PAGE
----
Sunday, July 15, 2007

Team 22: First Report

Team 22 reports in the night before their CDT section hike from Twin Lakes to Copper Mountain, a 5-day trip that skirts the edge of Mt. Massive Wilderness through San Isabel National Forest in central Colorado. This team of flatlanders took the day acclimatizing to the thin air at about 9,500 ft., getting to know each other, and prepping last minute gear supplies. That, and you'll never guess what they had for dinner. Listen below. GPS location: 13S 0381987E, 4328504N

The Heat Is On

While places like Texas bail themselves out of biblical storms, temperatures along the Continental Divide Trail continue to break all-time heat records. It's tinder dry in the mountains.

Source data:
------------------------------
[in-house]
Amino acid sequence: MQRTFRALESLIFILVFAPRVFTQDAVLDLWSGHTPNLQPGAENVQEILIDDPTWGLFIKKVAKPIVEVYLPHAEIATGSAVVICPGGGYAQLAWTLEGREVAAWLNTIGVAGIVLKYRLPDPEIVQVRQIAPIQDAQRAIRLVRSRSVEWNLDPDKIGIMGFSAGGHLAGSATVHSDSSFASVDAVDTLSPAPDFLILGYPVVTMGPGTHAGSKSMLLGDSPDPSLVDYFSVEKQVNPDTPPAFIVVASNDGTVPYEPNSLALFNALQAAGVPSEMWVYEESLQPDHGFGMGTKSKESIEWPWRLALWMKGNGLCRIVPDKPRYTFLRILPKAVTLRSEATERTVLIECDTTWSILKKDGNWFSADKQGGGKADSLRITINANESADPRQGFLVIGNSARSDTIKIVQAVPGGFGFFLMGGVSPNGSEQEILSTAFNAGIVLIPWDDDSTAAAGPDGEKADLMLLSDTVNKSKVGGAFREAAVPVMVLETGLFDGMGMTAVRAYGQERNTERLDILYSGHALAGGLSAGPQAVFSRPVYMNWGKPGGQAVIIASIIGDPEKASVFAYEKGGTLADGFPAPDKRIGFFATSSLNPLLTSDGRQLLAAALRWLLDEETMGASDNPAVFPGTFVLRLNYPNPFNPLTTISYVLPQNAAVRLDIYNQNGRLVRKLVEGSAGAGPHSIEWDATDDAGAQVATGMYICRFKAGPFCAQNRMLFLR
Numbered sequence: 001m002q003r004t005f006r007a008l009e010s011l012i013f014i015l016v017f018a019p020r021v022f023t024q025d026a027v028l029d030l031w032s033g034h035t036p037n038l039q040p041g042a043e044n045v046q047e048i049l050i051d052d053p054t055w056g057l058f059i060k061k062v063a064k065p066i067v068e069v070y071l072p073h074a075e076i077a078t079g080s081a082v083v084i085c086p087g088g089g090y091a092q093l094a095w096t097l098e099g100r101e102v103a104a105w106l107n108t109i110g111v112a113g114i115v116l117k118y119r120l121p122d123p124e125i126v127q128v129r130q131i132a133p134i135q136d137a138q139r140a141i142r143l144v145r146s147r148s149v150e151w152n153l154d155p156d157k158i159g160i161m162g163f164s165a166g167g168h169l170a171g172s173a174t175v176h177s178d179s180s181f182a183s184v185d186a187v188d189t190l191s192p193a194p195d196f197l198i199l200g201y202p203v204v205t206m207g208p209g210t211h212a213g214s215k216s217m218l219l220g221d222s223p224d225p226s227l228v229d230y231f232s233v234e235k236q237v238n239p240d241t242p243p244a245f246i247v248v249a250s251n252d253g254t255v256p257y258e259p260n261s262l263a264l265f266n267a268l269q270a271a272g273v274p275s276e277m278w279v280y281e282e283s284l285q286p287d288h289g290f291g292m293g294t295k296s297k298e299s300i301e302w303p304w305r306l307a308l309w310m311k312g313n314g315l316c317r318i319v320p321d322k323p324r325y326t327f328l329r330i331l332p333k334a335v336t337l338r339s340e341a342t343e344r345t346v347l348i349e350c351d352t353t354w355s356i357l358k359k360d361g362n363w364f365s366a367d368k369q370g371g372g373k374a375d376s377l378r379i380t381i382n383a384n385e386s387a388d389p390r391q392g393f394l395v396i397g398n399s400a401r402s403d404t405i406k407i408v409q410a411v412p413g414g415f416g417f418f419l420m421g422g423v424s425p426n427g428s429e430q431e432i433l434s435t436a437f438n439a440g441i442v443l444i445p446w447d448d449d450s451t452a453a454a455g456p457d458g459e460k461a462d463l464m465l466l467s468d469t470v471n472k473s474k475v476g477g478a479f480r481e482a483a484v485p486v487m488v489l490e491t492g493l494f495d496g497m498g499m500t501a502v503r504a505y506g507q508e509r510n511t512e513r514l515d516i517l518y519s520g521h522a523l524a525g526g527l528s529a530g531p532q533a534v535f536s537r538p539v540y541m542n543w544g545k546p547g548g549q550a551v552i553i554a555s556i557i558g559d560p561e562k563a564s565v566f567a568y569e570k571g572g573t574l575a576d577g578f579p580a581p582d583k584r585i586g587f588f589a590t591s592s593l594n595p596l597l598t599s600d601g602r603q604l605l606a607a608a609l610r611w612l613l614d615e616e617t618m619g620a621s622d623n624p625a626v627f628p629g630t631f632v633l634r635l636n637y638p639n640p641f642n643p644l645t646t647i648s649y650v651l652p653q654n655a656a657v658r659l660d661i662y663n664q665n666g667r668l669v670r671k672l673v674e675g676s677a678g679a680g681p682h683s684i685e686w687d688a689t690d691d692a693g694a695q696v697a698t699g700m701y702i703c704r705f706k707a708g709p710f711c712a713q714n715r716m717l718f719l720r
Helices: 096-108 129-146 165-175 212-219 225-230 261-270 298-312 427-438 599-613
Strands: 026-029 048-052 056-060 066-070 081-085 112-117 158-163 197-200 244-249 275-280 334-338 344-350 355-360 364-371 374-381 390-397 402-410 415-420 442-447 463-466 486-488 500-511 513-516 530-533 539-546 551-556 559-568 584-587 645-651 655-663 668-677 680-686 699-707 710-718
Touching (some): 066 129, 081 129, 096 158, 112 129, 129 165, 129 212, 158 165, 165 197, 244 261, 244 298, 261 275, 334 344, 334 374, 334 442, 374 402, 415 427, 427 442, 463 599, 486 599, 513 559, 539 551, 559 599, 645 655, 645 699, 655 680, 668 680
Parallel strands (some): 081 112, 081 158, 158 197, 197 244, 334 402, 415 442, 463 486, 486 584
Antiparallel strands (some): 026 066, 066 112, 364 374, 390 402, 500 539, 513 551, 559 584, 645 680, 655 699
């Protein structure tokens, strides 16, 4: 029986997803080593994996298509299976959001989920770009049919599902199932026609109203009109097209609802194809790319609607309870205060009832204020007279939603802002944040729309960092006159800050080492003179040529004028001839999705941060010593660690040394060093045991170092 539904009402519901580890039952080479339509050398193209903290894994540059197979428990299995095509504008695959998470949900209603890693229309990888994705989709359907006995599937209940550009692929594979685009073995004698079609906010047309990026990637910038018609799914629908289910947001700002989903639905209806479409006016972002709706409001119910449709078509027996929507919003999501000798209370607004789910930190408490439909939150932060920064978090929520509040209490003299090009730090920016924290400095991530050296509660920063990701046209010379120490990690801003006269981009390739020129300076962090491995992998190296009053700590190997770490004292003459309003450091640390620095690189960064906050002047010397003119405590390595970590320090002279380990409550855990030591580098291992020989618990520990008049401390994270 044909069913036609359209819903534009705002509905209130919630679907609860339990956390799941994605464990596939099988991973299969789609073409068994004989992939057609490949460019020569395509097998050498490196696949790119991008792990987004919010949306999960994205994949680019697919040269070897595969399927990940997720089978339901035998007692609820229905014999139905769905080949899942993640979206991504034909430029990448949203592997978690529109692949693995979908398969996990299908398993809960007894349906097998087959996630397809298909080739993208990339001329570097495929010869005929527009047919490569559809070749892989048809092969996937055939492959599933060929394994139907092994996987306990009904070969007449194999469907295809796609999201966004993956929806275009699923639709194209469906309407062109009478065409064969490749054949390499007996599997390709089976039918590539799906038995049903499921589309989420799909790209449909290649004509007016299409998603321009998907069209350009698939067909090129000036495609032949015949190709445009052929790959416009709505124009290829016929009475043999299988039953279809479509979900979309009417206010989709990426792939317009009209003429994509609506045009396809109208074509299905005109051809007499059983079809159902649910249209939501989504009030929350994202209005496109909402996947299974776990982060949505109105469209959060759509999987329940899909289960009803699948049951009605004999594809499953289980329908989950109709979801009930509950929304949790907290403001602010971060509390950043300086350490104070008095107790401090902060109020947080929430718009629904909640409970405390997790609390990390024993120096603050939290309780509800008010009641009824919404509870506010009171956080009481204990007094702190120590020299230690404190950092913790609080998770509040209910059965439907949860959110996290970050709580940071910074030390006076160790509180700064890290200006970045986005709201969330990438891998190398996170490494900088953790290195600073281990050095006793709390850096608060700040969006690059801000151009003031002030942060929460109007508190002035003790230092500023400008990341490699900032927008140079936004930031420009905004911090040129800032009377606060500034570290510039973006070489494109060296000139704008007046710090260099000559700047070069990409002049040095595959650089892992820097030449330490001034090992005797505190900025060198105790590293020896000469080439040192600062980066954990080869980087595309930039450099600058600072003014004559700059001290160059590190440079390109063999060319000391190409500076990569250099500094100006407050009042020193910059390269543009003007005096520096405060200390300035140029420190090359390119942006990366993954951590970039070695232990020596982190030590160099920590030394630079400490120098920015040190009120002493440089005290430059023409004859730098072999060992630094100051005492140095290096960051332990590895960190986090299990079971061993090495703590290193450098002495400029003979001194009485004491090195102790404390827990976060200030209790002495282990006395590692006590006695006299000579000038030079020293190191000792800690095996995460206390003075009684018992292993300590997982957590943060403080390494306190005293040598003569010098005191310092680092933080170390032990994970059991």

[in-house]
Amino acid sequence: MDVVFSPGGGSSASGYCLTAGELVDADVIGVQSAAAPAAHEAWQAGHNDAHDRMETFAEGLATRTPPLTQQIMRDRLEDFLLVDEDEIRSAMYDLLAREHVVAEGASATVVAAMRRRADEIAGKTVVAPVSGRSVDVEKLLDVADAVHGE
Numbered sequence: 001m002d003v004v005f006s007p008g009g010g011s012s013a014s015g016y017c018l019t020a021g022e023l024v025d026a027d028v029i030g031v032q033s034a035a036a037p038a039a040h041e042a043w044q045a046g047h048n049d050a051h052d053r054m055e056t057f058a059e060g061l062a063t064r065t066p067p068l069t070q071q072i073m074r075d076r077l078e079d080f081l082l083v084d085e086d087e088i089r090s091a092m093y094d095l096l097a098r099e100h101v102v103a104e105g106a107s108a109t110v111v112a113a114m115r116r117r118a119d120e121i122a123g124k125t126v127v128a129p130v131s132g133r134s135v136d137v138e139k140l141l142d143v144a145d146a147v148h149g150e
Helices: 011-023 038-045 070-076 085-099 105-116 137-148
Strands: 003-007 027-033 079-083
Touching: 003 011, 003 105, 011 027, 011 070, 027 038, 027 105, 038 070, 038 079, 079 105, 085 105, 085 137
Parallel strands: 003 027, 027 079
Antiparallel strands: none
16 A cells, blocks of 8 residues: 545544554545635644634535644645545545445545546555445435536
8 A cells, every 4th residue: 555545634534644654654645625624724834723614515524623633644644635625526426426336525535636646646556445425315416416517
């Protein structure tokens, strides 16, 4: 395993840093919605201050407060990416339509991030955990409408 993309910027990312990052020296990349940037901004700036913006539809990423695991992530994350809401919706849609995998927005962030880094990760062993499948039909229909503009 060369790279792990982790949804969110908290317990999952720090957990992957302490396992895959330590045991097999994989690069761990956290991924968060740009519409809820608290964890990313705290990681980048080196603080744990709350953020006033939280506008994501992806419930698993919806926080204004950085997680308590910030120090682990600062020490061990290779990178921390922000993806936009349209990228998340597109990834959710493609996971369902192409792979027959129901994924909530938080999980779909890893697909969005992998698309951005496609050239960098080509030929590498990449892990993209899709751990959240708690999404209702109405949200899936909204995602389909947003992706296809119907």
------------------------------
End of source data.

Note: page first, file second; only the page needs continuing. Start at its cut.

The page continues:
Last weekend, we reported on the Fool Creek Fire. Now, there's a second fire (Ahorn Fire) burning its way just south of the CDT. Jim Jakicic of Rupert, ID is sending us and his teammates daily reports. During the week of August 6, Jim along with four others on Team MT50a (nicknamed the Continental Dream Team) plan to scout a section of the CDT near where this blaze is burning (see big map of area).

As of reports on Friday, the Ahorn Fire was estimated at 600 acres and was 50% contained.

Meanwhile, the Fool Creek Fire has grown to more than 4,000 acres with no lull in sight. Team leaders have been notified and we'll be discussing options in conference calls later this week.

Caldera Crew